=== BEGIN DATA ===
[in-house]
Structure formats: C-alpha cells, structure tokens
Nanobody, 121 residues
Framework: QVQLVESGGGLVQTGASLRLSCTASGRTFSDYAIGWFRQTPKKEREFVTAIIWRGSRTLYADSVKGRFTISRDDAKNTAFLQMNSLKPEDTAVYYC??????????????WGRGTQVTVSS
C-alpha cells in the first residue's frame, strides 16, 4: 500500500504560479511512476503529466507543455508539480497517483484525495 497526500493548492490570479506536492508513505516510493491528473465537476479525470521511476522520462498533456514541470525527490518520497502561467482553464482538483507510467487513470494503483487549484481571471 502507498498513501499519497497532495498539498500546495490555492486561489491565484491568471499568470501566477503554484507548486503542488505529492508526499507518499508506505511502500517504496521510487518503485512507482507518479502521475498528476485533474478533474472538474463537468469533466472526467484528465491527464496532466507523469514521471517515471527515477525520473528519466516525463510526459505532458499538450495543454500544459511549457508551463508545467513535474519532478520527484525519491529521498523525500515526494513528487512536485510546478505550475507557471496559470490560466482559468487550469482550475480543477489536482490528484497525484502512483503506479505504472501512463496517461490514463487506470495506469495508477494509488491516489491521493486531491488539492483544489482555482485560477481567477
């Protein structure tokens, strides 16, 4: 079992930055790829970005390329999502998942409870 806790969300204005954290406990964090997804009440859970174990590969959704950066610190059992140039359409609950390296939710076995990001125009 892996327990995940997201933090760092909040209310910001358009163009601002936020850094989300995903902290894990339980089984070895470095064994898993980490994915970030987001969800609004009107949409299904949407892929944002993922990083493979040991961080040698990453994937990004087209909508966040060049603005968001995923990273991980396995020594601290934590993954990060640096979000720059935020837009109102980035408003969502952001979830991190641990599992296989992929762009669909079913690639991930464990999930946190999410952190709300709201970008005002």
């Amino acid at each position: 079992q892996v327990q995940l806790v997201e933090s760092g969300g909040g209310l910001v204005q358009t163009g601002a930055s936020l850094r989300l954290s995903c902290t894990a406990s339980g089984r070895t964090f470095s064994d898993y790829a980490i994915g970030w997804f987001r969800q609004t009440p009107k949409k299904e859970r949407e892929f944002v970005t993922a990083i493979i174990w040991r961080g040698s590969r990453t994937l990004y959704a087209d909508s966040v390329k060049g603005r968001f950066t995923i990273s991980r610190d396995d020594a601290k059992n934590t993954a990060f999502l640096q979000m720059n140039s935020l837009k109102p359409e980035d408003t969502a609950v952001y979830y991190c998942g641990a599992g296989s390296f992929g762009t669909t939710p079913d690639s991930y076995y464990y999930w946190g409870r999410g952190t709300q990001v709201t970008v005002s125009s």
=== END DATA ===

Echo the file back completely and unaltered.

[in-house]
Structure formats: C-alpha cells, structure tokens
Nanobody, 121 residues
Framework: QVQLVESGGGLVQTGASLRLSCTASGRTFSDYAIGWFRQTPKKEREFVTAIIWRGSRTLYADSVKGRFTISRDDAKNTAFLQMNSLKPEDTAVYYC??????????????WGRGTQVTVSS
C-alpha cells in the first residue's frame, strides 16, 4: 500500500504560479511512476503529466507543455508539480497517483484525495 497526500493548492490570479506536492508513505516510493491528473465537476479525470521511476522520462498533456514541470525527490518520497502561467482553464482538483507510467487513470494503483487549484481571471 502507498498513501499519497497532495498539498500546495490555492486561489491565484491568471499568470501566477503554484507548486503542488505529492508526499507518499508506505511502500517504496521510487518503485512507482507518479502521475498528476485533474478533474472538474463537468469533466472526467484528465491527464496532466507523469514521471517515471527515477525520473528519466516525463510526459505532458499538450495543454500544459511549457508551463508545467513535474519532478520527484525519491529521498523525500515526494513528487512536485510546478505550475507557471496559470490560466482559468487550469482550475480543477489536482490528484497525484502512483503506479505504472501512463496517461490514463487506470495506469495508477494509488491516489491521493486531491488539492483544489482555482485560477481567477
């Protein structure tokens, strides 16, 4: 079992930055790829970005390329999502998942409870 806790969300204005954290406990964090997804009440859970174990590969959704950066610190059992140039359409609950390296939710076995990001125009 892996327990995940997201933090760092909040209310910001358009163009601002936020850094989300995903902290894990339980089984070895470095064994898993980490994915970030987001969800609004009107949409299904949407892929944002993922990083493979040991961080040698990453994937990004087209909508966040060049603005968001995923990273991980396995020594601290934590993954990060640096979000720059935020837009109102980035408003969502952001979830991190641990599992296989992929762009669909079913690639991930464990999930946190999410952190709300709201970008005002």
């Amino acid at each position: 079992q892996v327990q995940l806790v997201e933090s760092g969300g909040g209310l910001v204005q358009t163009g601002a930055s936020l850094r989300l954290s995903c902290t894990a406990s339980g089984r070895t964090f470095s064994d898993y790829a980490i994915g970030w997804f987001r969800q609004t009440p009107k949409k299904e859970r949407e892929f944002v970005t993922a990083i493979i174990w040991r961080g040698s590969r990453t994937l990004y959704a087209d909508s966040v390329k060049g603005r968001f950066t995923i990273s991980r610190d396995d020594a601290k059992n934590t993954a990060f999502l640096q979000m720059n140039s935020l837009k109102p359409e980035d408003t969502a609950v952001y979830y991190c998942g641990a599992g296989s390296f992929g762009t669909t939710p079913d690639s991930y076995y464990y999930w946190g409870r999410g952190t709300q990001v709201t970008v005002s125009s």